An interstellar signal? Fast radio bursts are reaching Earth every 16 days, and astronomers are flummoxed.

Have you ever tried to meet up with someone at a stadium, and they're saving your seat but you aren't sure where, and they're trying to wave you down and flash their phone flashlight at you? That's happening right now on a cosmic scale, from 500 million light-years away—except we don't know the source.

A mysterious object from deep space is transmitting radio signals in a repeating 16-day pattern, as published in the recent study (pdf). This sort of signal isn't new, but this is the first time scientists have seen a pattern since the discovery of these celestial yawps.

Mixed signals.

In 2007, humans looked out into the galaxy and were like, "what?" From deep space, superfast radio waves lashed out over the earth in a quick little burst, kind of like a cute alien winking at us from across the galaxian bar (and just as fleeting). Then there were 17 more seemingly-random signals in the coming years. Scientists started calling them fast radio bursts or FRBs, and Earth was pretty much clueless as to whence they came.

Until 2015. The year that Hamilton and Jon Snow died, multiple FRBs flashed at the same location. This allowed scientists to dial in on what it was. If it was repeating, then it wouldn't be an explosion or anything that consumed the source ... But the FRBs came and went, so astronomers grumbled and muttered "neutron stars" under their breath.

Now in 2020, Jon Snow is alive, Game of Thrones is dead, and FRBs are playing precise peekaboo.

The Canadian Hydrogen Intensity Mapping Experiment Fast Radio Burst Project (or if you insist on saying it in one breath, CHIME/FRB) spotted the strangest of FRBs. For four days, it sent out consistent radio bursts, and then for 12 days it would stop. Between September 2018 and October 2019 they watched it repeat 28 of these cycles like clockwork. They grew attached to the little twinkle and succinctly (and affectionately!) named it "FRB 180916.J0158+65" in their published study.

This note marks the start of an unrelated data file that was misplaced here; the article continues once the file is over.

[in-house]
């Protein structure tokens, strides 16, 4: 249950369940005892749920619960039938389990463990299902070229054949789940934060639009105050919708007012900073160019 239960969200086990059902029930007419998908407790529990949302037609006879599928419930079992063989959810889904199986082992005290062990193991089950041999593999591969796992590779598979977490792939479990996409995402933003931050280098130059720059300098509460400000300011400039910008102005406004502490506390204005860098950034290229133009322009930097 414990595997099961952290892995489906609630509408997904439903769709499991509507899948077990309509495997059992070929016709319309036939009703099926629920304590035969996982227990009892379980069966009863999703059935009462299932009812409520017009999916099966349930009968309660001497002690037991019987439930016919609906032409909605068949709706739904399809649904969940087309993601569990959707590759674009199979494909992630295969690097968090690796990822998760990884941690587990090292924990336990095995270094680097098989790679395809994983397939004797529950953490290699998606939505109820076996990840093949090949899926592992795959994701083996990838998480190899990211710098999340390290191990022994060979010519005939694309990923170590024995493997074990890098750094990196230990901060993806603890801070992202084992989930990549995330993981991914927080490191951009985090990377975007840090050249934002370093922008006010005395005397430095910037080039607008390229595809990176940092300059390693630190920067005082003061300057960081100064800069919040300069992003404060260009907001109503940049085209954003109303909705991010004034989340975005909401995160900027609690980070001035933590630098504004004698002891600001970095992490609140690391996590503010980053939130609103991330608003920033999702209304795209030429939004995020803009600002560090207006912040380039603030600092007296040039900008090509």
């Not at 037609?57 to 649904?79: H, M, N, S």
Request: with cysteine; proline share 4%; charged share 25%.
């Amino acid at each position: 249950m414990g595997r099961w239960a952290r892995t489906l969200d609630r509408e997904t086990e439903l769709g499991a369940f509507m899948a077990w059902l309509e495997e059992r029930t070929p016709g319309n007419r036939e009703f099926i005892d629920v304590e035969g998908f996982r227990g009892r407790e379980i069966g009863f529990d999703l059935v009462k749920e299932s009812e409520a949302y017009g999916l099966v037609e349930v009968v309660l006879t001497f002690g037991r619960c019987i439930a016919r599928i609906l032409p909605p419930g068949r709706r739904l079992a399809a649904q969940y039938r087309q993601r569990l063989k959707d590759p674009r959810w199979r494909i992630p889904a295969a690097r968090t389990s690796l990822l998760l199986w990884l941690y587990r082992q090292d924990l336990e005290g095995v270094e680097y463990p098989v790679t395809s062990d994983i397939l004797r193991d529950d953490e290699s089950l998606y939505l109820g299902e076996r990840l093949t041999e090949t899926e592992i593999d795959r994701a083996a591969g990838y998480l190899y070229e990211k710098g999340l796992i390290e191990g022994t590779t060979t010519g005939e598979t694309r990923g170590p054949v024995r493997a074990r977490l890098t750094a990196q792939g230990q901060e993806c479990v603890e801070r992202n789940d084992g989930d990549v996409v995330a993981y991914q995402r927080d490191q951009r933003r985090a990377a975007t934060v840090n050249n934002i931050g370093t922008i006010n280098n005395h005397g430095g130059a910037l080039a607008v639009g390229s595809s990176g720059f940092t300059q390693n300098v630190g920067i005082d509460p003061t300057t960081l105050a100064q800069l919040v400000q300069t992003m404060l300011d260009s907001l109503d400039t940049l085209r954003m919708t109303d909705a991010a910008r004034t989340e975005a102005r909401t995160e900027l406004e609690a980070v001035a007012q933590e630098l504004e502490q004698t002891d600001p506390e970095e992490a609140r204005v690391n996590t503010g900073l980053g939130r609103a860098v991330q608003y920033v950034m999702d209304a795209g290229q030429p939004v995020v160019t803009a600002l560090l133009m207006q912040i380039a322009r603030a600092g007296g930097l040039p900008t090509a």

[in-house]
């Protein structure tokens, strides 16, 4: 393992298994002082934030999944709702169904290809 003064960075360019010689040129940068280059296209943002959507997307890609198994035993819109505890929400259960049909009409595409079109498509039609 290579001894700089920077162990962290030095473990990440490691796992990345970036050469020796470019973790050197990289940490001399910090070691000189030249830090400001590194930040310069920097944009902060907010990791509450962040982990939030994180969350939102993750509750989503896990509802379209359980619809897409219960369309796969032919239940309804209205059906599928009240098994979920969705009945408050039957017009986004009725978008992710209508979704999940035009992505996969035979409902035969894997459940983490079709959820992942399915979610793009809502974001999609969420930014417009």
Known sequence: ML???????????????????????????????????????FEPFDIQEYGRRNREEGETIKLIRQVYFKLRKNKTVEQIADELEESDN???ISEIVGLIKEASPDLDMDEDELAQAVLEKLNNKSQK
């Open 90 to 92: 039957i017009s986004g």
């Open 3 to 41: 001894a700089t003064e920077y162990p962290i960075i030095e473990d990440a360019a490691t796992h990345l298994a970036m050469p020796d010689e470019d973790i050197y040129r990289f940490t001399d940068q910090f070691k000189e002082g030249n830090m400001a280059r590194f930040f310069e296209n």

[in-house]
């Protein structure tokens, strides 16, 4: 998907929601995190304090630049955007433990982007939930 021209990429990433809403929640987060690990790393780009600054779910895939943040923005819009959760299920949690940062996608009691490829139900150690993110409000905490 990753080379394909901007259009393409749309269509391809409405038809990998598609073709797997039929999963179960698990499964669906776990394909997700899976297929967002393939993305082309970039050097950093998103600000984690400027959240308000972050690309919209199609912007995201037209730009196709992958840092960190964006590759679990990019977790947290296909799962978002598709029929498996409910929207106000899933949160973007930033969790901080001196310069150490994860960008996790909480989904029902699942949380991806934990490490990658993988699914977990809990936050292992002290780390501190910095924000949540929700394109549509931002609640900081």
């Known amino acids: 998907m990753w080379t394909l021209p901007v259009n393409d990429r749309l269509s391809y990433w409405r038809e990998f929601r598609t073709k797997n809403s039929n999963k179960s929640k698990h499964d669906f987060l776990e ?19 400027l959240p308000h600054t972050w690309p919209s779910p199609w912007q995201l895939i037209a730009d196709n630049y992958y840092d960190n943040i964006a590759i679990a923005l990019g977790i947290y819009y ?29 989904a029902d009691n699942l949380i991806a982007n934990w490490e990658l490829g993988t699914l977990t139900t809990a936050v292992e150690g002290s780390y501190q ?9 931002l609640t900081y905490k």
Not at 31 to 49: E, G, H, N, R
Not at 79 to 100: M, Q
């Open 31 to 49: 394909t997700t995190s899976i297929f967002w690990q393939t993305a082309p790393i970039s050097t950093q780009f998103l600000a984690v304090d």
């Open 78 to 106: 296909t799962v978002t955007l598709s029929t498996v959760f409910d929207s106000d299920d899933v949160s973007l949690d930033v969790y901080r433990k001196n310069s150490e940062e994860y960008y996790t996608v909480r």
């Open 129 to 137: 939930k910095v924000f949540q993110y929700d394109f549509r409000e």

"We conclude that this is the first detected periodicity of any kind in an FRB source," said the study's authors.

What's better, this same FRB is the closest one ever detected! Scientists have pinned down the source of the repeating FRB: a spiral galaxy half a billion lightyears away poetically called SDSS J015800.28+654253.0. (For those following along at home, that's FRB 180916.J0158+65 emanating from SDSS J015800.28+654253.0.)

What's causing it?

One theory is that the FRB-causing object could be orbiting a black hole and sending out its signal on each go-around. Another study (pdf) suggests it might be a binary star system, with one of the two suns blowing us a kiss as it dances around its denser partner. It seems like none of the scientists think it's aliens, but one can hope.


Sunset of binary stars over Tatooine, courtesy of

What do you think causes FRBs? What makes this recent one repeat so exactly? And does it have anything to do with Jon Snow being a Targaryen?

"Chime" in with a comment below!